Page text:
Bear - I think GWR´s "Castles" fought in a different league than the LMS Fivers. Comparing those two is a bit like comparing a Shire horse to a thorougbred. The "Castles" were designed for fast passenger services, in which they excelled, whereas the Fivers were multi-purposed engines. The CAstles had a TE of 31,625 lbs and a top speed of 92mph and the Fivers had a TE of 25,455  lbs and a maximum speed of 80 - 85 mph. They were much closer to the GWR´s "Hall" class.

GWR Castles are available from Hornby.

I just recently learned, that rationing in Britain ended much later than in Germany. With the introduction of the Deutschmark in 1948, rationing pretty much ended, the only item to remain rationed for sugar for some more years.

Thanks for the insight!

Happy times!

Ulrich (aka The Tin Man)

"You´re never too old for a happy childhood!"

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Posted by Tinplate Toddler on Tuesday, August 6, 2019 8:15 AM

Time for an afternoon cup of coffee and something to munch on! Zoe, would you be so kind a bring me a handful of those chocolate chip biscuits, please? Yes, it is biscuits and not cookies - we are in Great Britain this month, you know!

The long and rocky road to become an engineer in the glory days of steam is explained in the following video.

The cab crew is called "men of the footplate" in Britain. The footplate - that small piece of sheet metal bridging the gap between the engine and the tender was literally all the room there was for the engineer and his fireman for many years, often with very little protection from rain, wind and shine. Railway management didn´t care much about crew safety and even less for crew comfort. It´d be a feast for any of today´s work health & safety officer to close down the operation, but such care was not known in those days.

In Germany, we had no engine cleaners - that was part of the crew´s job to keep their engine clean and tidy. Each crew had their own engine to take care of and they made sure they had a tidy work place. To become an engineer you had to go through an apprenticeship of three years as a fitter or metal worker, followed by another apprenticeship as fireman  for a couple of years, than a few years of active duty as a fireman before you could start as a trainee engineer. All in all it took a young lad about 10 years before he was an enginer in commad of the iron horse.

Happy times!

Ulrich (aka The Tin Man)

"You´re never too old for a happy childhood!"

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Posted by Heartland Division CB&Q on Tuesday, August 6, 2019 8:55 AM

Good morning ..... Coffee and a scone, please. 

It's good to see interesting photos of British Railways. If I can find my photos of when I was at the British Railway Museum in York, England. I will share them.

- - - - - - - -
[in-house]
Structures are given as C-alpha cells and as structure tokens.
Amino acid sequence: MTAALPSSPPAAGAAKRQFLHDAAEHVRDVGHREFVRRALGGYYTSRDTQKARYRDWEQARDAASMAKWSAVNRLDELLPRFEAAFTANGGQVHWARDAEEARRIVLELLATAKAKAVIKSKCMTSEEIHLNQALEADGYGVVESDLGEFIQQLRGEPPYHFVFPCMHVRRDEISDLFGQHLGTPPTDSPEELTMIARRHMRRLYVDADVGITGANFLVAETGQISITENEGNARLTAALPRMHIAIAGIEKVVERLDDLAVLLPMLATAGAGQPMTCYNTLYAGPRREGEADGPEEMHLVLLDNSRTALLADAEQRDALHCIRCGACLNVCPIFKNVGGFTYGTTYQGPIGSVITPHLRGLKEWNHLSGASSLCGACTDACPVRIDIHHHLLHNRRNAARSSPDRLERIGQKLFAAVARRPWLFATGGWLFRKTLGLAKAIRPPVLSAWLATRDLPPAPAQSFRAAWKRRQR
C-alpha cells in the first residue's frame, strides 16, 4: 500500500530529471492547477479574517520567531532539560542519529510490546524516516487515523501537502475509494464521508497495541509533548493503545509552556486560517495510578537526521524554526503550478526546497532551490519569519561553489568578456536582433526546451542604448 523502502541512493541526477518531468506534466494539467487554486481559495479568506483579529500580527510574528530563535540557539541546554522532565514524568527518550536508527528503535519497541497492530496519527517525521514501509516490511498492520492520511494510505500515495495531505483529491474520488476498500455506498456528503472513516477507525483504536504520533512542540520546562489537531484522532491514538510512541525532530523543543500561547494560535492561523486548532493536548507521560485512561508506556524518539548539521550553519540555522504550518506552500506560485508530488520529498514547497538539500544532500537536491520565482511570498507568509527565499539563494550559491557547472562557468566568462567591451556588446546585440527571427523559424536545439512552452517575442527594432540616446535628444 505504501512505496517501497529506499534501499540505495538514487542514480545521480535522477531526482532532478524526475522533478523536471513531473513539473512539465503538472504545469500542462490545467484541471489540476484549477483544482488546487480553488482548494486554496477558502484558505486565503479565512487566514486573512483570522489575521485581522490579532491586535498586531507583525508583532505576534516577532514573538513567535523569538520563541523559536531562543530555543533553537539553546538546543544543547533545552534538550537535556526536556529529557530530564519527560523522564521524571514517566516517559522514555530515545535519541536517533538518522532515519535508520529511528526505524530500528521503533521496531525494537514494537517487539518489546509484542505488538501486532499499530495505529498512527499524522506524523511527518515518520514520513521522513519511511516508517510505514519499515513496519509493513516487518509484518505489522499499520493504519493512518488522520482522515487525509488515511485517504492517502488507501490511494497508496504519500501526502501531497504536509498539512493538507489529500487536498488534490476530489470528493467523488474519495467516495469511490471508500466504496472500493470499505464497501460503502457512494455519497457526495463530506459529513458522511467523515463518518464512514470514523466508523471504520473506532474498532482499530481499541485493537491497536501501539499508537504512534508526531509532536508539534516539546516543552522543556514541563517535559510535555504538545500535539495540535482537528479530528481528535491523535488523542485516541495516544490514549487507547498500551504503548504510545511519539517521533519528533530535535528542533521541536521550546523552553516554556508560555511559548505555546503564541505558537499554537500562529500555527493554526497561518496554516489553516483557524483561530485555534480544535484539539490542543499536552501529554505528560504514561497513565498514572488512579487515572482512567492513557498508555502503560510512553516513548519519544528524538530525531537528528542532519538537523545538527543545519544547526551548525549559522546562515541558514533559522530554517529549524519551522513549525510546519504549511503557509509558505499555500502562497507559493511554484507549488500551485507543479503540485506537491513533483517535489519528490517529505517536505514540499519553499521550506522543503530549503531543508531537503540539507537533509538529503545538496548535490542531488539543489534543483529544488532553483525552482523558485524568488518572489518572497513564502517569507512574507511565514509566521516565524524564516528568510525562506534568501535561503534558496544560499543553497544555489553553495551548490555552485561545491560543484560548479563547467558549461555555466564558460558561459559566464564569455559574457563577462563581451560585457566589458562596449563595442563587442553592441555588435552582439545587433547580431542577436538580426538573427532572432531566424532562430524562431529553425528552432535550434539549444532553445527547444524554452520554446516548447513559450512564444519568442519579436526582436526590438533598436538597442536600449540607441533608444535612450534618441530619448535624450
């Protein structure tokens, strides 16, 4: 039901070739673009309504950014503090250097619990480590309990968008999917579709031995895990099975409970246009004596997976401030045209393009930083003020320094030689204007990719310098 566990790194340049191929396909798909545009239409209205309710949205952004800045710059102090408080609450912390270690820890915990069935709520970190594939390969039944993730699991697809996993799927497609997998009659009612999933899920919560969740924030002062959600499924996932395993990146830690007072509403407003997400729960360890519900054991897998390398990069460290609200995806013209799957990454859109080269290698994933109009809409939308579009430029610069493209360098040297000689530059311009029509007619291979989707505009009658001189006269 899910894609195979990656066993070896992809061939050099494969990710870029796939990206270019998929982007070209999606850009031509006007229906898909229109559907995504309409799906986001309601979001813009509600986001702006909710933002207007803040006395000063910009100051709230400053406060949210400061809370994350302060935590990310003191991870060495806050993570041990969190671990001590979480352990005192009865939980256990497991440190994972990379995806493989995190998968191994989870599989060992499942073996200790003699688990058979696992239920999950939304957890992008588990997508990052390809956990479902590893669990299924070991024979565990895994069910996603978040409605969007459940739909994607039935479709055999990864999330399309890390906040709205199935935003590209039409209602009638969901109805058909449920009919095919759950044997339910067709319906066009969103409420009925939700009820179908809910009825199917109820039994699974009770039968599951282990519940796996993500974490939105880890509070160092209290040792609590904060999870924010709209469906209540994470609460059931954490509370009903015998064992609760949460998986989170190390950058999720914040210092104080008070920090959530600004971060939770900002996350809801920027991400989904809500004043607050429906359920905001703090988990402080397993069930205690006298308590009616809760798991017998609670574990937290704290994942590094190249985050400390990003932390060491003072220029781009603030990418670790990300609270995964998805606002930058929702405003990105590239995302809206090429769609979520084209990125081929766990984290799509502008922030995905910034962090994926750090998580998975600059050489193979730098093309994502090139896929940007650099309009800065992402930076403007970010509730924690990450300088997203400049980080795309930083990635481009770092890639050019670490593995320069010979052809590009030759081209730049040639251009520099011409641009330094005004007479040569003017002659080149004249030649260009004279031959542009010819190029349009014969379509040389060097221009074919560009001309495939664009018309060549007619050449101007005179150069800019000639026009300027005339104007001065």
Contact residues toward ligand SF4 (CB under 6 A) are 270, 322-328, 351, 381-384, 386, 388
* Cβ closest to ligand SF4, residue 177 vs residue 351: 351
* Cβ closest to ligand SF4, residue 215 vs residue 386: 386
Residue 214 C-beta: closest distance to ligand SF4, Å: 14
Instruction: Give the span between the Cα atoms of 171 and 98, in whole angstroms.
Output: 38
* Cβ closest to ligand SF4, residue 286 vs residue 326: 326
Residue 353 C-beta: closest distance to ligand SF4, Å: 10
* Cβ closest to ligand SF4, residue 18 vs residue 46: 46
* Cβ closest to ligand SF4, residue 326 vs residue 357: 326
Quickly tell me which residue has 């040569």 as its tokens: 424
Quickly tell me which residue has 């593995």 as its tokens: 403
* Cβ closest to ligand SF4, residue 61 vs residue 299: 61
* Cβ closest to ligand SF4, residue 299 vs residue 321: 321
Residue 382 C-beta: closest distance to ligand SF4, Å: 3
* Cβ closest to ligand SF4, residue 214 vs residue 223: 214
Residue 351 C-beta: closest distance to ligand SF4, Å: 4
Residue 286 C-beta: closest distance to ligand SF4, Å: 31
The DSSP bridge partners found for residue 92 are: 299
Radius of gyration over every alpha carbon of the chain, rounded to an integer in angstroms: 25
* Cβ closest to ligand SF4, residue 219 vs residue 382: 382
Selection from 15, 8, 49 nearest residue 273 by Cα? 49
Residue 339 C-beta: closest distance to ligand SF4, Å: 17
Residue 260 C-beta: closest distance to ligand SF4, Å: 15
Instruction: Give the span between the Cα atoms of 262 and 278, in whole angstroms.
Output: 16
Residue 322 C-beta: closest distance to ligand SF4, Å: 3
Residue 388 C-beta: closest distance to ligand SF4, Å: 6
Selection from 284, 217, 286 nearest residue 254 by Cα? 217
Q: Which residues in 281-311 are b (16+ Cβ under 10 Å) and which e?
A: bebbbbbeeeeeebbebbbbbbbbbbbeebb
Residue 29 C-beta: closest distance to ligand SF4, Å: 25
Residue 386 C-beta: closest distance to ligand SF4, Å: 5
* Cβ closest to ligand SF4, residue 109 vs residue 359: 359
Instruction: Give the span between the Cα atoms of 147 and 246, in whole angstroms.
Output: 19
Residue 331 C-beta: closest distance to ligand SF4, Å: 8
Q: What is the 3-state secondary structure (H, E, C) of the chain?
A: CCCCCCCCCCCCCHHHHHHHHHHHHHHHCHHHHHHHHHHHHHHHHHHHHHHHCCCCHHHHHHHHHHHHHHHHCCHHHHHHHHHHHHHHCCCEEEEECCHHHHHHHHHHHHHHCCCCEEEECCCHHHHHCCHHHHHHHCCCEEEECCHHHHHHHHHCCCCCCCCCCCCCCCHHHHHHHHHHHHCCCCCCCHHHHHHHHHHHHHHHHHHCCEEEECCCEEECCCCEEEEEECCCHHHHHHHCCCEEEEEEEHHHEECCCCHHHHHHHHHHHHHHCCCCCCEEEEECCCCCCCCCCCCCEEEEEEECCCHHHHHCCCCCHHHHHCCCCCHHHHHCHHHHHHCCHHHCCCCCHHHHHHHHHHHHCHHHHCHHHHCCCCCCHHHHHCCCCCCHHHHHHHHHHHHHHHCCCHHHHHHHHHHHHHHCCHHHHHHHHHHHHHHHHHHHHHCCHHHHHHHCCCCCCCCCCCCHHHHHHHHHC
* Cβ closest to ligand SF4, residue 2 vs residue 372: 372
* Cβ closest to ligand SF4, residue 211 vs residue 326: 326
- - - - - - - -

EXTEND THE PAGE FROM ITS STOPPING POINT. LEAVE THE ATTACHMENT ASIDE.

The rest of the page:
Meanwhile, I took these photos in York, Maine last week. 

 

 

 

I have train related photos from the trip, and I will share them when I get a chance. 

Have a good day. 

GARRY

HEARTLAND DIVISION, CB&Q RR

EVERYWHERE LOST; WE HUSTLE OUR CABOOSE FOR YOU

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Posted by Steven Otte on Tuesday, August 6, 2019 9:01 AM

cudaken

Sparkie The Rocket Dog is close to the end. Crying I hope he gets to pass away in his forever home in his sleep. He came from a rescue when he was 10 years old. As long as he will eat and some what walk we want to keep the poor guy with us. He spent about 4 years being passed to 1 rescue to another. I promised him when we got him this was is forever home, and it is.

Ken, it's become clear from your posts over the years how much you love Sparkie and what a good doggy daddy you are to him. I'm sure he knows, too, and loves you for it. Best wishes for an easy transition for him. Sad

--
Steven Otte, Model Railroader associate editor
sotte@kalmbach.com

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Posted by BroadwayLion on Tuesday, August 6, 2019 9:15 AM

When my brother had to put their dog down, the vet came to them at their new house. Russell and his wife lay down next to the dog, cuddling her when the injection was given. She is burried on their new property.

Property for them is confusing, AFIK, they are still living in the old house while the new house is being rebuilt according to their specifications. That has been going on for three years now.

Russell claims he will retire whe he is 72, about three more years for him, but there is little value in his business. Russell *is* the business, all a buyer would be getting is a lease on the old (landmarked) building, sosme tools, and the name of the company. Russell cannot expect to get more than $30,000 for the business, but as the owner of the building, he gets to collect the rent. He pays rent to himself now, so that the books are all in order for a prospective buyer to inspect.

 

ROAR

 

The Route of the Broadway Lion The Largest Subway Layout in North Dakota.

Here there be cats.                                LIONS with CAMERAS